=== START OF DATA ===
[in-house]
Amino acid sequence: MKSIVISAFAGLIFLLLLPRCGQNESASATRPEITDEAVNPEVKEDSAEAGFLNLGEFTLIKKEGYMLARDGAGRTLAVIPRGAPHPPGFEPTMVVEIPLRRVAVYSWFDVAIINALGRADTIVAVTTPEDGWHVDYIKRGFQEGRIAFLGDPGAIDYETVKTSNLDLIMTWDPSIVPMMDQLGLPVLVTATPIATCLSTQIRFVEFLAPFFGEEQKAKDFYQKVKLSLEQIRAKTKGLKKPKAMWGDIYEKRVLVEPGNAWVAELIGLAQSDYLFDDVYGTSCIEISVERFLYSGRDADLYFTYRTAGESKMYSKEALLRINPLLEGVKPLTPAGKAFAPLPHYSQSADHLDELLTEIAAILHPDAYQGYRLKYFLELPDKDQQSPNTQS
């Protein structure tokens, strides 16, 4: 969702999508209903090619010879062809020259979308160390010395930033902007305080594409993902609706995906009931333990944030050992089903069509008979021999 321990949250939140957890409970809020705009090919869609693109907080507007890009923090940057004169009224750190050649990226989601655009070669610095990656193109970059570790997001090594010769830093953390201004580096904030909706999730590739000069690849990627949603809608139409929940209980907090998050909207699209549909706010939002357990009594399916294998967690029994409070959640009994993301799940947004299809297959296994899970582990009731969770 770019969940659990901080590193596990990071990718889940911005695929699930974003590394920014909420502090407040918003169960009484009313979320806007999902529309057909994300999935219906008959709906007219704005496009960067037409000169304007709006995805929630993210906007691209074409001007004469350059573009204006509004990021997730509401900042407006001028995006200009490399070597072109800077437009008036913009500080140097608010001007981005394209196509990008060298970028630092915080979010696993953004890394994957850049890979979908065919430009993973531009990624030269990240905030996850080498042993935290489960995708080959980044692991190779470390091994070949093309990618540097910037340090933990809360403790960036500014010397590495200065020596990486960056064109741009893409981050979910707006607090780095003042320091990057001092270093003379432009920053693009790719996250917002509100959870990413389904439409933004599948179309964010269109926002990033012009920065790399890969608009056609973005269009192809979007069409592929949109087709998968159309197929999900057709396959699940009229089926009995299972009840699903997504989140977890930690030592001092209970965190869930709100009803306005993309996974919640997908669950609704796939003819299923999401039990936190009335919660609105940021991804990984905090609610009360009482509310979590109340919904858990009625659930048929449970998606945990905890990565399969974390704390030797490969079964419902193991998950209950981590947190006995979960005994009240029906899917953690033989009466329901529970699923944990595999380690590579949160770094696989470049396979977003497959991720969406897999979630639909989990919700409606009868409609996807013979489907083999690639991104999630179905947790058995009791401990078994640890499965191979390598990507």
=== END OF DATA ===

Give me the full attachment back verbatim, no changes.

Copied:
[in-house]
Amino acid sequence: MKSIVISAFAGLIFLLLLPRCGQNESASATRPEITDEAVNPEVKEDSAEAGFLNLGEFTLIKKEGYMLARDGAGRTLAVIPRGAPHPPGFEPTMVVEIPLRRVAVYSWFDVAIINALGRADTIVAVTTPEDGWHVDYIKRGFQEGRIAFLGDPGAIDYETVKTSNLDLIMTWDPSIVPMMDQLGLPVLVTATPIATCLSTQIRFVEFLAPFFGEEQKAKDFYQKVKLSLEQIRAKTKGLKKPKAMWGDIYEKRVLVEPGNAWVAELIGLAQSDYLFDDVYGTSCIEISVERFLYSGRDADLYFTYRTAGESKMYSKEALLRINPLLEGVKPLTPAGKAFAPLPHYSQSADHLDELLTEIAAILHPDAYQGYRLKYFLELPDKDQQSPNTQS
């Protein structure tokens, strides 16, 4: 969702999508209903090619010879062809020259979308160390010395930033902007305080594409993902609706995906009931333990944030050992089903069509008979021999 321990949250939140957890409970809020705009090919869609693109907080507007890009923090940057004169009224750190050649990226989601655009070669610095990656193109970059570790997001090594010769830093953390201004580096904030909706999730590739000069690849990627949603809608139409929940209980907090998050909207699209549909706010939002357990009594399916294998967690029994409070959640009994993301799940947004299809297959296994899970582990009731969770 770019969940659990901080590193596990990071990718889940911005695929699930974003590394920014909420502090407040918003169960009484009313979320806007999902529309057909994300999935219906008959709906007219704005496009960067037409000169304007709006995805929630993210906007691209074409001007004469350059573009204006509004990021997730509401900042407006001028995006200009490399070597072109800077437009008036913009500080140097608010001007981005394209196509990008060298970028630092915080979010696993953004890394994957850049890979979908065919430009993973531009990624030269990240905030996850080498042993935290489960995708080959980044692991190779470390091994070949093309990618540097910037340090933990809360403790960036500014010397590495200065020596990486960056064109741009893409981050979910707006607090780095003042320091990057001092270093003379432009920053693009790719996250917002509100959870990413389904439409933004599948179309964010269109926002990033012009920065790399890969608009056609973005269009192809979007069409592929949109087709998968159309197929999900057709396959699940009229089926009995299972009840699903997504989140977890930690030592001092209970965190869930709100009803306005993309996974919640997908669950609704796939003819299923999401039990936190009335919660609105940021991804990984905090609610009360009482509310979590109340919904858990009625659930048929449970998606945990905890990565399969974390704390030797490969079964419902193991998950209950981590947190006995979960005994009240029906899917953690033989009466329901529970699923944990595999380690590579949160770094696989470049396979977003497959991720969406897999979630639909989990919700409606009868409609996807013979489907083999690639991104999630179905947790058995009791401990078994640890499965191979390598990507």